Using Native Plants

There are Different Ways to Protect Water with Native Plants

You can use native plants anywhere on your property and capture some of their benefits. This includes foundation plantings and other typical landscape beds. Rain gardens and shoreline plantings, however, are the most impactful.

Rain Gardens

Rain gardens are shallow depressions in a yard that are stocked with native plants and designed to capture and infiltrate stormwater, keeping it from running off the property and polluting our waterways. Often, a structure’s downspouts will be directed into the depression, though they can also catch water from swales or other conveyances. The native plants used in rain gardens tolerate periods of inundation (high water or consistently wet soil) and drought, and their deep roots help filter water as it percolates down into the soil. If designed and built correctly, rain gardens do not hold water long enough to become attractive breeding grounds for mosquitos.


Check out this guide from the Toledo-Lucas County Rain Garden Initiative to learn how to install and maintain a rain garden on your property. There are links to sample planting plans on this page, and a list of native plant suppliers here

County Soil and Water Conservation Districts are often great resources for technical assistance. Some may also have funding to help with the installation costs.

Below are some examples of planting plans with plant lists for rain gardens with variations depending on the style of rain garden you desire.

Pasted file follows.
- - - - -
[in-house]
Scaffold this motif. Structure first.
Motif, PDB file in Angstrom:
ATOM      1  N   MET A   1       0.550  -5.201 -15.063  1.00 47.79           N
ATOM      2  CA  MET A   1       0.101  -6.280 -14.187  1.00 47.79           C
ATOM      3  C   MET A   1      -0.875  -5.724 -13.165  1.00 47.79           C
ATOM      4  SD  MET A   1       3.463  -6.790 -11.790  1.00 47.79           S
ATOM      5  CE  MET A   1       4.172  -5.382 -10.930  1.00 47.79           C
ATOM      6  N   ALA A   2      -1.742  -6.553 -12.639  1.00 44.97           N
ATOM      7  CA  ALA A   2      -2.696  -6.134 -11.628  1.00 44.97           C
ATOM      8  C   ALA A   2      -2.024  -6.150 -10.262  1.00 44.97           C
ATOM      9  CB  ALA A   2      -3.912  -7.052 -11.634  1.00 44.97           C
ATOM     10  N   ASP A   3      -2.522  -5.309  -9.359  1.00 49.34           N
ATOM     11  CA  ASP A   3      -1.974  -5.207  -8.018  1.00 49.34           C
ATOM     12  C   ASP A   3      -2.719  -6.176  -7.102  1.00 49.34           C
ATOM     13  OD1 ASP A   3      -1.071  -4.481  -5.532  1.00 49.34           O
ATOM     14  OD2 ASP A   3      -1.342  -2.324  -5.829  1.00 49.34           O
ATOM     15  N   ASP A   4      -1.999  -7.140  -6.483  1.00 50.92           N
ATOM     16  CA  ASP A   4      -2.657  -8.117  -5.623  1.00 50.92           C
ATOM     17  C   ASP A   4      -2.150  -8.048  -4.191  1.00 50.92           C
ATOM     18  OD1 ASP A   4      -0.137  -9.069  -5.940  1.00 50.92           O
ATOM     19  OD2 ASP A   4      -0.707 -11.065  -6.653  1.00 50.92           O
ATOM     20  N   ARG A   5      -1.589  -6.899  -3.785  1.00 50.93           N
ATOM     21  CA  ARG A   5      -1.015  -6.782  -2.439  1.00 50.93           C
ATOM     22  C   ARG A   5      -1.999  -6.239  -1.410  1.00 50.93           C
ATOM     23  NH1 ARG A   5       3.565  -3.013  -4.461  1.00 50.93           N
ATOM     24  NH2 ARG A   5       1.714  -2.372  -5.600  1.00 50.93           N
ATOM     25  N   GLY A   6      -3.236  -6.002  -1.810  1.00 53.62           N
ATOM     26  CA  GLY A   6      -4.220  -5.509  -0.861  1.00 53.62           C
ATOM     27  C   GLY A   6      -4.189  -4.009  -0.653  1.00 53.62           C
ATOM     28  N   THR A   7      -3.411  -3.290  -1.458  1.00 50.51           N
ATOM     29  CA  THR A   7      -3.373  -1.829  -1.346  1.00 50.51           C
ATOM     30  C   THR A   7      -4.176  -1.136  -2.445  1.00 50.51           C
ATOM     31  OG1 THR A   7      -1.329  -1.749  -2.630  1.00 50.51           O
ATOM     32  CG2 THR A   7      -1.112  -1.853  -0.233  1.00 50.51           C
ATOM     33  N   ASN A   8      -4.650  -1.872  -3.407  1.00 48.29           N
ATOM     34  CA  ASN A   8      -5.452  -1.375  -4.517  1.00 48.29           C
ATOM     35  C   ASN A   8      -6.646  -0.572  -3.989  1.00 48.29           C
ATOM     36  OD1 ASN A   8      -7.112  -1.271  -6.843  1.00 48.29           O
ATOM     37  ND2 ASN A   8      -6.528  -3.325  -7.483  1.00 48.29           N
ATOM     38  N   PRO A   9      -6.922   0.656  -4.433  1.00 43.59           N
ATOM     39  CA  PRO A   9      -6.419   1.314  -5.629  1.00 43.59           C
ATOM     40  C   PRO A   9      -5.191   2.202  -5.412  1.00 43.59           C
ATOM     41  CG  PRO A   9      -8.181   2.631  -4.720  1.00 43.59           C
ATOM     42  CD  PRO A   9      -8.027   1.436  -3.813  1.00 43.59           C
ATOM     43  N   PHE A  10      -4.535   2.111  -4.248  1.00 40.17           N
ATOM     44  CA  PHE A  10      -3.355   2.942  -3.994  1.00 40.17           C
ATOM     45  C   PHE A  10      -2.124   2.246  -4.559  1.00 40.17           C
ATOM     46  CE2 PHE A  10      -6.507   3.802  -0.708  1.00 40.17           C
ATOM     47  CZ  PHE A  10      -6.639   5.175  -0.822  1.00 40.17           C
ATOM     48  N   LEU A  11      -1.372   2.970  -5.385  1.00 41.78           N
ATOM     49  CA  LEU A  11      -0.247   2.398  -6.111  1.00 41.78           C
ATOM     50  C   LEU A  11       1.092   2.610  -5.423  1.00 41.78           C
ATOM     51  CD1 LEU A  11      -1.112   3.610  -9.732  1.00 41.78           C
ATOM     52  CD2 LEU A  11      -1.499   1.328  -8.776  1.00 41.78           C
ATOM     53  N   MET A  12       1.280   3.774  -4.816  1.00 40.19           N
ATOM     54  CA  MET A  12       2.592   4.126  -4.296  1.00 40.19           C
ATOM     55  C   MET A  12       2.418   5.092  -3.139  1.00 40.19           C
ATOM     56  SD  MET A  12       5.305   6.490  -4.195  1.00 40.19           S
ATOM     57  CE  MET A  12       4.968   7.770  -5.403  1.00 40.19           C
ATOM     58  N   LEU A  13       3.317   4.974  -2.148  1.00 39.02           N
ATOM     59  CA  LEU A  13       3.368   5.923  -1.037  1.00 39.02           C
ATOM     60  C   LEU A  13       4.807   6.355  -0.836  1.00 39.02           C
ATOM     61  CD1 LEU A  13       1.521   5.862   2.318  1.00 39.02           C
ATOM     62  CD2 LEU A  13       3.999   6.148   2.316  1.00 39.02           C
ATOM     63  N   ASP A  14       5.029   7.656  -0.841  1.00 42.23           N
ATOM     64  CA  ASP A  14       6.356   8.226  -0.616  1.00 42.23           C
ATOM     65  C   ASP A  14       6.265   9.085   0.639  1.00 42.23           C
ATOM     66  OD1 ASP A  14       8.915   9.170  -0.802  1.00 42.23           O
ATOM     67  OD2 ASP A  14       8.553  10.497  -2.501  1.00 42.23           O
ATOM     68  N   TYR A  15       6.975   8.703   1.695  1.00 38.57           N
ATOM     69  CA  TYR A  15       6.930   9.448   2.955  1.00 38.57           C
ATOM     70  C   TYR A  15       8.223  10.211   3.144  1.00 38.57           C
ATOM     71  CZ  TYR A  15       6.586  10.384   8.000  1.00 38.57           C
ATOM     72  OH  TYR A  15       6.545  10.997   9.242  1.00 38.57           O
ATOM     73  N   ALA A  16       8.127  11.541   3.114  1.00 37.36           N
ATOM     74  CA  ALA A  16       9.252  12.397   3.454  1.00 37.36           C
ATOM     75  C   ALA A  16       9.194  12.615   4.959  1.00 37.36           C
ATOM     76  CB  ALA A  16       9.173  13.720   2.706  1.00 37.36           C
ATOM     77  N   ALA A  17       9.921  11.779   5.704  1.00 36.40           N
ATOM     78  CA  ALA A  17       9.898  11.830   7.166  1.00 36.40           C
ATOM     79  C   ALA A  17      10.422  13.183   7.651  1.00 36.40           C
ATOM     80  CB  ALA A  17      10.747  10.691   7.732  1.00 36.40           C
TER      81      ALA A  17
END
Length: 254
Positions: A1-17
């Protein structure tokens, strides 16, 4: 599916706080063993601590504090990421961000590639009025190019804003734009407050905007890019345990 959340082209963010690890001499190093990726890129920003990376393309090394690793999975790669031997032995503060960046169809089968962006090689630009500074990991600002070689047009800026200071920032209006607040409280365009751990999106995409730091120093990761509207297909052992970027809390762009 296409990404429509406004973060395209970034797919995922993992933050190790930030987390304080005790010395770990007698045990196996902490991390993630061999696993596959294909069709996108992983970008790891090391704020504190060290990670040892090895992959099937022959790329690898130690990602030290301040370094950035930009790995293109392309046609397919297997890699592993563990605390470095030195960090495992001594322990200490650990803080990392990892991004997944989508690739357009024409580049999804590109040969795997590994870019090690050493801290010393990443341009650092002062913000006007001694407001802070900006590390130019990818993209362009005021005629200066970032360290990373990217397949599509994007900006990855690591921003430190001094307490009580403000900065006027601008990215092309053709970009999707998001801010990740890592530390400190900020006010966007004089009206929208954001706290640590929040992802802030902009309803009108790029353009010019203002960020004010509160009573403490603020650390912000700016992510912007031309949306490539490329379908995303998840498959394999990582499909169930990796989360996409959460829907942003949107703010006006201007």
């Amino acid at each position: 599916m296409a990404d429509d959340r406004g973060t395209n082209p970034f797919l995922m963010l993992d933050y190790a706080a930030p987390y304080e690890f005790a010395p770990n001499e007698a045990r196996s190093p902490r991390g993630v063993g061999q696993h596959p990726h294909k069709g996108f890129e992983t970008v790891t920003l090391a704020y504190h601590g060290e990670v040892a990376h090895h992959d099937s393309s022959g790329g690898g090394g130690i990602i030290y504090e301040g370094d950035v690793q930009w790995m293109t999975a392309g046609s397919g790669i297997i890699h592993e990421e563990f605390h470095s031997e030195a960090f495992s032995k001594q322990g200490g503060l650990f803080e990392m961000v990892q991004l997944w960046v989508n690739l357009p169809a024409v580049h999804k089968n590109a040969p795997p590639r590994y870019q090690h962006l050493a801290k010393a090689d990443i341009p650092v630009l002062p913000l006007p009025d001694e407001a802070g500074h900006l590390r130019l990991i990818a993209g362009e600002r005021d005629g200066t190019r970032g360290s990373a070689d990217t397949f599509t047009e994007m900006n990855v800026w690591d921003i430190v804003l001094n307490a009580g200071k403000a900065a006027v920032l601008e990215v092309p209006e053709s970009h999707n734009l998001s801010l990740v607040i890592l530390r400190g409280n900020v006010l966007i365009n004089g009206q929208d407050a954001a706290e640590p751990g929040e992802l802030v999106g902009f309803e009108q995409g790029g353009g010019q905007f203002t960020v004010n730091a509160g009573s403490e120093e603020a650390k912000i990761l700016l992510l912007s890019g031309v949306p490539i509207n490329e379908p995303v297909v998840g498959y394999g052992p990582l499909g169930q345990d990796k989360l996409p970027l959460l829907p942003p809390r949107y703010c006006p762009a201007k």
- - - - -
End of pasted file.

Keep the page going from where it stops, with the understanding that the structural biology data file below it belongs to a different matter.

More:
Rain Garden – Attracting Birds & Butterflies
Rain Garden – Low Diversity of Plants
Rain Garden – Short Statured Plants
Rain Garden – Plants that Tolerate Partial Shade 

Tips and Tricks

Native plants might be a different aesthetic than we’ve become accustomed to. They aren’t your grandmother’s roses! There are a few tricks, however, to taming the ‘wild’ look if you’re hoping to baby step your way into a landscape that does more than just hide the house’s foundation.

Create an Edge
You can use a native grass like Prairie Dropseed to create a border for your planting. You could even use a standard boxwood shrub if a more conservative approach is appropriate. Either way, a clear edge helps convey a sense of purpose. 

Create Some Rhythm
Place plants in odd-numbered groups (3-5-7, etc.) and repeating masses. In other words, five purple coneflowers on the left, seven more in the center, and another five on the right. Do this with multiple species to create a sense of rhythm and order through the landscape. You can still use single plants or smaller individual groupings for highlights without spoiling the effect.

Keep It Flowering
Plant lists like this one show each species’ flowering time. Select a range of species that cover the whole growing season. Not only does this provide food and habitat for more wildlife, but it’s hard to complain when there are flowers in the landscaping! 

Right Plant, Right Place
If you are trying to keep a more controlled look with your native plants, know which ones are tall and which are short. The tall ones should go in the back of your bed or, if the bed doesn’t have a backside, where they won’t hide smaller plants or fall over the edge. If you’re planting a rain garden, be sure to know which plants tolerate wet feet the best—these go in the bottom of the basin.  

Certify Your Wildlife Habitat

Once you have installed native plants in your landscape, you might like to get some recognition for the work you’re doing for our environment. The National Wildlife Federation offers a certification program for backyards, neighborhoods, businesses, schoolyards, and just about any other property. Once a property is certified, the landowner has the option to install a nice sign identifying the area as wildlife-friendly. Let your neighbors see how important your yard is to wildlife!